Resistant varieties, says Hagan, are not a particularly practical control for Southern rust. Also, a new race of the Southern rust fungus can partially defeat this resistance.
When rust pressure has been high, yield gains of 20 to 30 bushels per acre have been obtained with timely fungicide treatments, according to Hagan. However, yield gains with fungicides in the absence of significant rust pressure have been erratic.
“Blindly applying fungicides to corn without regard to disease pressure, crop growth stage, and yield potential is a waste of money,” says Hagan.
“To best target fields in need of protection, farmers need to scout or have a consultant check their fields, particularly those under irrigation, for early symptoms of Southern rust as well as other diseases like Northern corn leaf blight.”
The language on several fungicide labels specifies that the first application should be made when “symptoms first appear,” he says.
“For preventative rust control, make the first fungicide application at tasseling to silking and follow with a second as needed application about 14 days later if favorable weather patterns for disease development continue. Once corn reaches soft dough, further fungicide treatments are not needed because rust no longer will reduce yield.”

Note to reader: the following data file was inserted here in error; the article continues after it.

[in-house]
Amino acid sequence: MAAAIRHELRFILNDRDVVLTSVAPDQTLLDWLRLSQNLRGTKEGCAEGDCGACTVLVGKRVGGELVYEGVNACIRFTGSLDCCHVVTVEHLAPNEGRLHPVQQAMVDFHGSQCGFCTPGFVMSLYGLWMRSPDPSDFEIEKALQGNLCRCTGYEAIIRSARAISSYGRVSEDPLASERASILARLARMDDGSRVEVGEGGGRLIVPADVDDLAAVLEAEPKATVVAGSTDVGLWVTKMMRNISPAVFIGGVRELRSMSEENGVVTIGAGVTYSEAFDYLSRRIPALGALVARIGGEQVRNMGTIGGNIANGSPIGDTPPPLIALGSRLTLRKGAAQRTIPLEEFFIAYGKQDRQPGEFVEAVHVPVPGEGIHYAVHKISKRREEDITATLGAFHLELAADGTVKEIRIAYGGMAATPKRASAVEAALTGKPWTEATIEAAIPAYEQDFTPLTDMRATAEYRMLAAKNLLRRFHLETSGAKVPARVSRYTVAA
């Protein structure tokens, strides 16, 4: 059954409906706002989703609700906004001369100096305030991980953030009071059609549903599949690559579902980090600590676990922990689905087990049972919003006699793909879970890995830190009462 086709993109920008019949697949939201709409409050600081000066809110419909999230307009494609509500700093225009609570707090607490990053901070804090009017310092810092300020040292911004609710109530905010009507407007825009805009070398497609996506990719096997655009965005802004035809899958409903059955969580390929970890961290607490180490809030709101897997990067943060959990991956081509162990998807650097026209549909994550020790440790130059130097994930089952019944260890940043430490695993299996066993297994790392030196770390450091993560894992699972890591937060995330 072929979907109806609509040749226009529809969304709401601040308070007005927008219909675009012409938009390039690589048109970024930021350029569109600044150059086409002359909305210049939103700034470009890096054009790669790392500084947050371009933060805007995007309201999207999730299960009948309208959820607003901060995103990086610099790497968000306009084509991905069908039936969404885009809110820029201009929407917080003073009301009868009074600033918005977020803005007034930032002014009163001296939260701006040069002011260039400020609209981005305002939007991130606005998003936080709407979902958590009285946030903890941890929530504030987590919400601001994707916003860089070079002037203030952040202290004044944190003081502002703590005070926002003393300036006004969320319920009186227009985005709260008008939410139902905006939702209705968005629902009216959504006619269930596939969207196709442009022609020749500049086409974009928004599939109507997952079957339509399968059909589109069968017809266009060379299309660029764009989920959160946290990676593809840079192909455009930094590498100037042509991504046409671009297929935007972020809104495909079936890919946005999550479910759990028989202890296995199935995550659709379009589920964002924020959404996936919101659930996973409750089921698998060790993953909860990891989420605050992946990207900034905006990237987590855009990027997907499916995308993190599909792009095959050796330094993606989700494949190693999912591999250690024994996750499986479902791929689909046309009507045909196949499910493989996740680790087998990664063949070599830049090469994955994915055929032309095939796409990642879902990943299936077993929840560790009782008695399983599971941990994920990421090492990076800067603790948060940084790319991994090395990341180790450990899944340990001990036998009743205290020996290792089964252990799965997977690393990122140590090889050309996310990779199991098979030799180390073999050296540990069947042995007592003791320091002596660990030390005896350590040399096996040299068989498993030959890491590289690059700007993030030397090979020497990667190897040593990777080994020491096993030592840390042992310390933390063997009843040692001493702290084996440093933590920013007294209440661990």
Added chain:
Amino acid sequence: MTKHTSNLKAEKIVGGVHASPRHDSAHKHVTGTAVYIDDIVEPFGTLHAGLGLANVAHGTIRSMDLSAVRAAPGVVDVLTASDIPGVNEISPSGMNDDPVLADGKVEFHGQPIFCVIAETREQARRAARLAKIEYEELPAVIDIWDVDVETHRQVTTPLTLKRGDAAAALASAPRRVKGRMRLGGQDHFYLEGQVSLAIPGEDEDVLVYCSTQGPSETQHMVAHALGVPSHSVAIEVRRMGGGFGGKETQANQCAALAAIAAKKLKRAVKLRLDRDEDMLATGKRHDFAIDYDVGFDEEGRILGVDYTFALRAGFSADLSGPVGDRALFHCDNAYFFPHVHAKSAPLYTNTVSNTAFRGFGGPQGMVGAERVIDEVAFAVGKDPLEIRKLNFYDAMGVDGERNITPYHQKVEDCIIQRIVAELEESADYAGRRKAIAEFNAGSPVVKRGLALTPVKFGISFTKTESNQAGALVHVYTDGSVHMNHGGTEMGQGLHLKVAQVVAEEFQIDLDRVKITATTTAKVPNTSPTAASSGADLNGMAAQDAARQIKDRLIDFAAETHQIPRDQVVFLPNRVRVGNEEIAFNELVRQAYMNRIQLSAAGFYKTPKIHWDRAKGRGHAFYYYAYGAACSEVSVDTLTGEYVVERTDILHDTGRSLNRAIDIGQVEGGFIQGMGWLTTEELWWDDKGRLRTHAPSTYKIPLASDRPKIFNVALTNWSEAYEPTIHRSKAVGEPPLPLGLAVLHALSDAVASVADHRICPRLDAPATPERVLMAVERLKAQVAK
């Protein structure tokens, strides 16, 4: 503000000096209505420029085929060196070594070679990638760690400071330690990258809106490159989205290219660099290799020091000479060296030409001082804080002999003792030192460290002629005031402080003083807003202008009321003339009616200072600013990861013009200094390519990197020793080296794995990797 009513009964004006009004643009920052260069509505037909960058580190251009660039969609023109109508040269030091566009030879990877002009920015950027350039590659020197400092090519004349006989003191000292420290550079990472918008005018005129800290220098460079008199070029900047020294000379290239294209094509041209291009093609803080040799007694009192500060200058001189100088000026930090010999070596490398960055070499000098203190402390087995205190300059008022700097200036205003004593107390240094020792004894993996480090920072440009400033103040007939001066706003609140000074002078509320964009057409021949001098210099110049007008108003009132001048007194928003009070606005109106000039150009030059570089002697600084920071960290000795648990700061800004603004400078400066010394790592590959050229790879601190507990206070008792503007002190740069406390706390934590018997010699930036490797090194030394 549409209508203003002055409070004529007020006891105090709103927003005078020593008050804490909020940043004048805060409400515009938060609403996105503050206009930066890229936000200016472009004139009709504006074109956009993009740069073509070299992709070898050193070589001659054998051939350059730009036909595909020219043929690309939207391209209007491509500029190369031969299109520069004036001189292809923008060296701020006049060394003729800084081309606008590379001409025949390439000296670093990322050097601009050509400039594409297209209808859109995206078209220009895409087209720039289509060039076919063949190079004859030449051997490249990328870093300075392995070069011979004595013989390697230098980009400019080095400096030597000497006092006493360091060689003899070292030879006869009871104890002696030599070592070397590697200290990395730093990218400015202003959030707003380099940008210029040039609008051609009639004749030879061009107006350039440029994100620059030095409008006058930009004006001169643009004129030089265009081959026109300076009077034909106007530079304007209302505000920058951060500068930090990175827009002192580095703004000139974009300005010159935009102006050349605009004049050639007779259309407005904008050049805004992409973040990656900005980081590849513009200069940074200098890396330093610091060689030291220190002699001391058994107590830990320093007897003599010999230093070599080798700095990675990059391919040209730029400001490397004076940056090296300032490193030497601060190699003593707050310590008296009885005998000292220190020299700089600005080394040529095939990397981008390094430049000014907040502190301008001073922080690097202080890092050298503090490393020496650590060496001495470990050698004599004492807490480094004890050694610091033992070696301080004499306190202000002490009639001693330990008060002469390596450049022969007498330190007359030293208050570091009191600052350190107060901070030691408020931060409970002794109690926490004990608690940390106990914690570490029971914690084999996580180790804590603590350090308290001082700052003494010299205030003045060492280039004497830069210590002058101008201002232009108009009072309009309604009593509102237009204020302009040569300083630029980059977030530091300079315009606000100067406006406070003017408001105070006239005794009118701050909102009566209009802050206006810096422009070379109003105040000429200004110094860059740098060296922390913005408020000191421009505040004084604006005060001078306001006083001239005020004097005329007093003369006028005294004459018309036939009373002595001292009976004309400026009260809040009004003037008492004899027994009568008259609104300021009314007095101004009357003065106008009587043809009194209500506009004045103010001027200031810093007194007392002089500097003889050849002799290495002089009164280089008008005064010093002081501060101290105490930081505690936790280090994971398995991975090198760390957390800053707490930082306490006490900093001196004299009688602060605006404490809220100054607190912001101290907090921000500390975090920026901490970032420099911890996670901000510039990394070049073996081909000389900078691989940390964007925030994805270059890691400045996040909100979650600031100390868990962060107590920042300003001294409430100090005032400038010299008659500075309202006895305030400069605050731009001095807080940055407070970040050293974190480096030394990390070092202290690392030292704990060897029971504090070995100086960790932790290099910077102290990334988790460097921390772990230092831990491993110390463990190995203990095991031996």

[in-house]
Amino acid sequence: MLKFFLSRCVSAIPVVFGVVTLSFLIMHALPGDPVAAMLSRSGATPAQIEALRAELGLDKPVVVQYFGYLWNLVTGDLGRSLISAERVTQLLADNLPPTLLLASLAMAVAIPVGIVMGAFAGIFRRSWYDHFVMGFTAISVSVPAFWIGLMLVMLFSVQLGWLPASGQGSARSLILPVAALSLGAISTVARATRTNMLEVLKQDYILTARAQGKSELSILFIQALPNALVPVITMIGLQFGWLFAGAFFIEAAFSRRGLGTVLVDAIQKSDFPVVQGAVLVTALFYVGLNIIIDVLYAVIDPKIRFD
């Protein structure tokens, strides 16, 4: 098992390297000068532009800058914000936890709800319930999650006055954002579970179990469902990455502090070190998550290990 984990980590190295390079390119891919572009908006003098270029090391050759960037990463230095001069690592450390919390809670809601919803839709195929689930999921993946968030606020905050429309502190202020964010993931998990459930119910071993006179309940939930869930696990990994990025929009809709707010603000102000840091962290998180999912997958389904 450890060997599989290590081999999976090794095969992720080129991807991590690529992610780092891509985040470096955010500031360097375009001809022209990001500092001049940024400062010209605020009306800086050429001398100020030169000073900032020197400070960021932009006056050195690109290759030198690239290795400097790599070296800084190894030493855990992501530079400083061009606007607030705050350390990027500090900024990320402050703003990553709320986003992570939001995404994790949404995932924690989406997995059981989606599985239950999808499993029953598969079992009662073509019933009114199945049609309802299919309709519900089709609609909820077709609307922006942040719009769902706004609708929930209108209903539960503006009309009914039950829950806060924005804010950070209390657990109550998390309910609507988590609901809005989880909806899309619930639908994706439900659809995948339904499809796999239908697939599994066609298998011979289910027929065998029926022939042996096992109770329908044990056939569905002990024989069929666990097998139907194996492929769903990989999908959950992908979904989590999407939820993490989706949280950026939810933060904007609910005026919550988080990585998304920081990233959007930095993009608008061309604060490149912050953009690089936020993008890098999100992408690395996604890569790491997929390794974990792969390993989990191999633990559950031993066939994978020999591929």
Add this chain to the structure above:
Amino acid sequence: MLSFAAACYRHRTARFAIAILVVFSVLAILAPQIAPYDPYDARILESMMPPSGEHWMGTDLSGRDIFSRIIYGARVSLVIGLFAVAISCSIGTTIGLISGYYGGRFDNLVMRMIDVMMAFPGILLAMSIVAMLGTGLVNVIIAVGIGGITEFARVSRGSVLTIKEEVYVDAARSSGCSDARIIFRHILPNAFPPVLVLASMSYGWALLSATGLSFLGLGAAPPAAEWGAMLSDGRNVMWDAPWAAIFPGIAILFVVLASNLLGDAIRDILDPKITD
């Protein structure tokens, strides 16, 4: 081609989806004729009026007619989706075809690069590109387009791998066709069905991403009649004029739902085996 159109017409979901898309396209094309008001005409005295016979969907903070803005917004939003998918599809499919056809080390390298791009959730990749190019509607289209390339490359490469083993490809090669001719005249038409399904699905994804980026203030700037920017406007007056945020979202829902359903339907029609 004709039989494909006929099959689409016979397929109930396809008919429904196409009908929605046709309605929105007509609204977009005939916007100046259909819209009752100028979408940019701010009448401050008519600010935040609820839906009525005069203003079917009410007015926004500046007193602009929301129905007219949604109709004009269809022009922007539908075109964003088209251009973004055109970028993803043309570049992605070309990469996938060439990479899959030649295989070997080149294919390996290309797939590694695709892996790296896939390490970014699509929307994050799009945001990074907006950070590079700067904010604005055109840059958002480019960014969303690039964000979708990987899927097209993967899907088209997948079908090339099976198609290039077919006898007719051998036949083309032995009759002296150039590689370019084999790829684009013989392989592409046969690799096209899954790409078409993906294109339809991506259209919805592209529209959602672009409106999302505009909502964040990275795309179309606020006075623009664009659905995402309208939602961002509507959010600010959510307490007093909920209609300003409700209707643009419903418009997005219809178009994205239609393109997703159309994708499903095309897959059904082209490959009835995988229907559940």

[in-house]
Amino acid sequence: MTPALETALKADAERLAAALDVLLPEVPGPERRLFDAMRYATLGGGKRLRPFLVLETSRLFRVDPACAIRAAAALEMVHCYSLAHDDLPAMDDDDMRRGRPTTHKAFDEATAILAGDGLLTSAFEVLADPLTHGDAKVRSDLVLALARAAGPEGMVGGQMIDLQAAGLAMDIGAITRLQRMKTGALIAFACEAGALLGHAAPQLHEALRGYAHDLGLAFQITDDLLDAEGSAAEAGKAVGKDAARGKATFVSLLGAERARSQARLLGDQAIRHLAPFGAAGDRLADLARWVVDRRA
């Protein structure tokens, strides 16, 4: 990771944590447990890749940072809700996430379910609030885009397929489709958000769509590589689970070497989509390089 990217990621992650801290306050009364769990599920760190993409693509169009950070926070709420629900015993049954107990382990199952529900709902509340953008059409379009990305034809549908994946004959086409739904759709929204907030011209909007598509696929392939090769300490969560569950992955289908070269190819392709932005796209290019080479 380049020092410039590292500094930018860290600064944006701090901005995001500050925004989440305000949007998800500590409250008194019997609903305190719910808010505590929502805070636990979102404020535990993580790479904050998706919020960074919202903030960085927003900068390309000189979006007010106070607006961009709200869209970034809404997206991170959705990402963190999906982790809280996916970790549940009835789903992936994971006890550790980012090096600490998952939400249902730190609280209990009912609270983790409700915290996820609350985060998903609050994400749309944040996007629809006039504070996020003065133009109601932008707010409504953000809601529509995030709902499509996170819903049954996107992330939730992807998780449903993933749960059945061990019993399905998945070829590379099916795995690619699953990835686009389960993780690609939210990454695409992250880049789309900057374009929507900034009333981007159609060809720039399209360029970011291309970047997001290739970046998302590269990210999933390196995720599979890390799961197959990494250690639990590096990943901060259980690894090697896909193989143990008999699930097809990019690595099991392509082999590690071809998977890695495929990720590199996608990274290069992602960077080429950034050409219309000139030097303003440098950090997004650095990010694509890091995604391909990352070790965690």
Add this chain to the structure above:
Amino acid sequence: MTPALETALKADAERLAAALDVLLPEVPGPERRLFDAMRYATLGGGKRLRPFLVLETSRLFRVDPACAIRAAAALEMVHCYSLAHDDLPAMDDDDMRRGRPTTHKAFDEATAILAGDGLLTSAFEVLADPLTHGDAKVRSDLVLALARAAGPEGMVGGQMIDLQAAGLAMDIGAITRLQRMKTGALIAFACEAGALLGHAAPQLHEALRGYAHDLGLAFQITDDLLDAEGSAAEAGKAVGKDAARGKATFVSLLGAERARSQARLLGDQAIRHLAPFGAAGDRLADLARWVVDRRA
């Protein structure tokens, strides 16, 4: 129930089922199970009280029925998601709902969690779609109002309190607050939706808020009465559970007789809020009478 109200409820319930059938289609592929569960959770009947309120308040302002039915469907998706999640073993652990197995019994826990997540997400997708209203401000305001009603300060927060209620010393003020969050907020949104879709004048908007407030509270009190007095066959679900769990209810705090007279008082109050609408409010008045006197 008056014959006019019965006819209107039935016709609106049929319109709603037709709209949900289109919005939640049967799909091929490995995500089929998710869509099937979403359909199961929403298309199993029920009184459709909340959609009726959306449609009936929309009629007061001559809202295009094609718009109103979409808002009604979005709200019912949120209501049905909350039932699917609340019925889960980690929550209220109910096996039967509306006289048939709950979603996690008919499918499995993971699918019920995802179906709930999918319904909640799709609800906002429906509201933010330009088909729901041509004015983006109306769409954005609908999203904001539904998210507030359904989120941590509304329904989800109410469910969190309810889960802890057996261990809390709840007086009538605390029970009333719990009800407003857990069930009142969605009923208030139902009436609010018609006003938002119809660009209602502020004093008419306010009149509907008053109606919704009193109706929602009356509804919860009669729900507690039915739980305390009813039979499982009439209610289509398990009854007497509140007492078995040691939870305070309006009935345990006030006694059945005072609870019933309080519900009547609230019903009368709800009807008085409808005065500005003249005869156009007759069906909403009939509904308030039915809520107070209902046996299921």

Due to lower yield potential, says Hagan, it’s harder to justify the additional cost of a fungicide on dryland compared with irrigated corn.
Another disease of concern to corn growers is Northern corn leaf blight, says Kemerait.
“In 2008, I saw it for the first time, and I now have a huge amount of respect for it. Northern corn leaf blight will be most severe in corn behind corn, when you have adequate moisture, and when you plant varieties that are more susceptible to the disease,” he says.
For detecting Northern corn leaf blight, Kemerait advises growers to look at the leaf located three leaves below the ear leaf. “If you have Northern corn leaf blight developing three leaves below the ear leaf, that’s the time to take notice,” he says.
The disease can be as important as Southern corn rust, he continues, and it has been associated with significant yield loss.
“How do we anticipate it? My target for spraying is first tassel. It’s a moving target, but that’s the ideal time. The problem with Northern corn leaf blight is that that may not be early enough.”
While growers have an excellent arsenal of fungicides at their disposal, Kemerait says yield potential should be a guide when using them.
“If you’re a dryland farmer with a yield of 70 bushels, you don’t need to think about fungicides unless it’s an exceptional year. If you invest in corn seed, irrigation, fertilization, weed control, and other aspects, you don’t want to let disease take anything away from you.”
(Diseases, nematodes and aflatoxin all have become increasingly important factors in corn production, especially as rising prices have made it more feasible to treat for such problems. These are all critical production aspects faced by Southeast growers. To see the latest control recommendations, visit Corn diseases becoming bigger production factor).